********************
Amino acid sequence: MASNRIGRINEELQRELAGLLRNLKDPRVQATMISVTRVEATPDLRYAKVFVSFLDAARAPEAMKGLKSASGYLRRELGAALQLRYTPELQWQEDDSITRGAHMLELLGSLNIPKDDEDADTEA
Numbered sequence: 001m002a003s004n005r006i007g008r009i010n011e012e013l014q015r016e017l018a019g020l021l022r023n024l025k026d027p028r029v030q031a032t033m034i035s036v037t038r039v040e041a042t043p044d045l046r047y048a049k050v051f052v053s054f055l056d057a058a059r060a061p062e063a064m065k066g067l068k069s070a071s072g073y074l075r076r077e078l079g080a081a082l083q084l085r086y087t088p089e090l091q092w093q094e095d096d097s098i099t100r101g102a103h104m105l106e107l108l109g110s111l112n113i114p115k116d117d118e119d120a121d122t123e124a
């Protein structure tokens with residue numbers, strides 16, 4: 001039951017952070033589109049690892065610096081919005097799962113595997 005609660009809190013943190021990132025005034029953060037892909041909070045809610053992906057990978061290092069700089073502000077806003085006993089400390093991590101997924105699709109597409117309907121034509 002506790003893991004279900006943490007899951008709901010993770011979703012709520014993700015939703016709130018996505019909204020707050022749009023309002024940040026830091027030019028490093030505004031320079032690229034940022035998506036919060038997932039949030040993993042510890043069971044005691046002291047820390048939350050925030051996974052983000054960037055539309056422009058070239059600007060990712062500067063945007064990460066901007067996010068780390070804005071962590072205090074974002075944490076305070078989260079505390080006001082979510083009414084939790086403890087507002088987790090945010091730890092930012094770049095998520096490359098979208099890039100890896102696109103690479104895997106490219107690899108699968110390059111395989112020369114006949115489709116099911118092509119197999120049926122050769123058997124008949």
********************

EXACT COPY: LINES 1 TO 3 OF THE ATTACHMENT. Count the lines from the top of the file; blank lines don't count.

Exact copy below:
Amino acid sequence: MASNRIGRINEELQRELAGLLRNLKDPRVQATMISVTRVEATPDLRYAKVFVSFLDAARAPEAMKGLKSASGYLRRELGAALQLRYTPELQWQEDDSITRGAHMLELLGSLNIPKDDEDADTEA
Numbered sequence: 001m002a003s004n005r006i007g008r009i010n011e012e013l014q015r016e017l018a019g020l021l022r023n024l025k026d027p028r029v030q031a032t033m034i035s036v037t038r039v040e041a042t043p044d045l046r047y048a049k050v051f052v053s054f055l056d057a058a059r060a061p062e063a064m065k066g067l068k069s070a071s072g073y074l075r076r077e078l079g080a081a082l083q084l085r086y087t088p089e090l091q092w093q094e095d096d097s098i099t100r101g102a103h104m105l106e107l108l109g110s111l112n113i114p115k116d117d118e119d120a121d122t123e124a
């Protein structure tokens with residue numbers, strides 16, 4: 001039951017952070033589109049690892065610096081919005097799962113595997 005609660009809190013943190021990132025005034029953060037892909041909070045809610053992906057990978061290092069700089073502000077806003085006993089400390093991590101997924105699709109597409117309907121034509 002506790003893991004279900006943490007899951008709901010993770011979703012709520014993700015939703016709130018996505019909204020707050022749009023309002024940040026830091027030019028490093030505004031320079032690229034940022035998506036919060038997932039949030040993993042510890043069971044005691046002291047820390048939350050925030051996974052983000054960037055539309056422009058070239059600007060990712062500067063945007064990460066901007067996010068780390070804005071962590072205090074974002075944490076305070078989260079505390080006001082979510083009414084939790086403890087507002088987790090945010091730890092930012094770049095998520096490359098979208099890039100890896102696109103690479104895997106490219107690899108699968110390059111395989112020369114006949115489709116099911118092509119197999120049926122050769123058997124008949």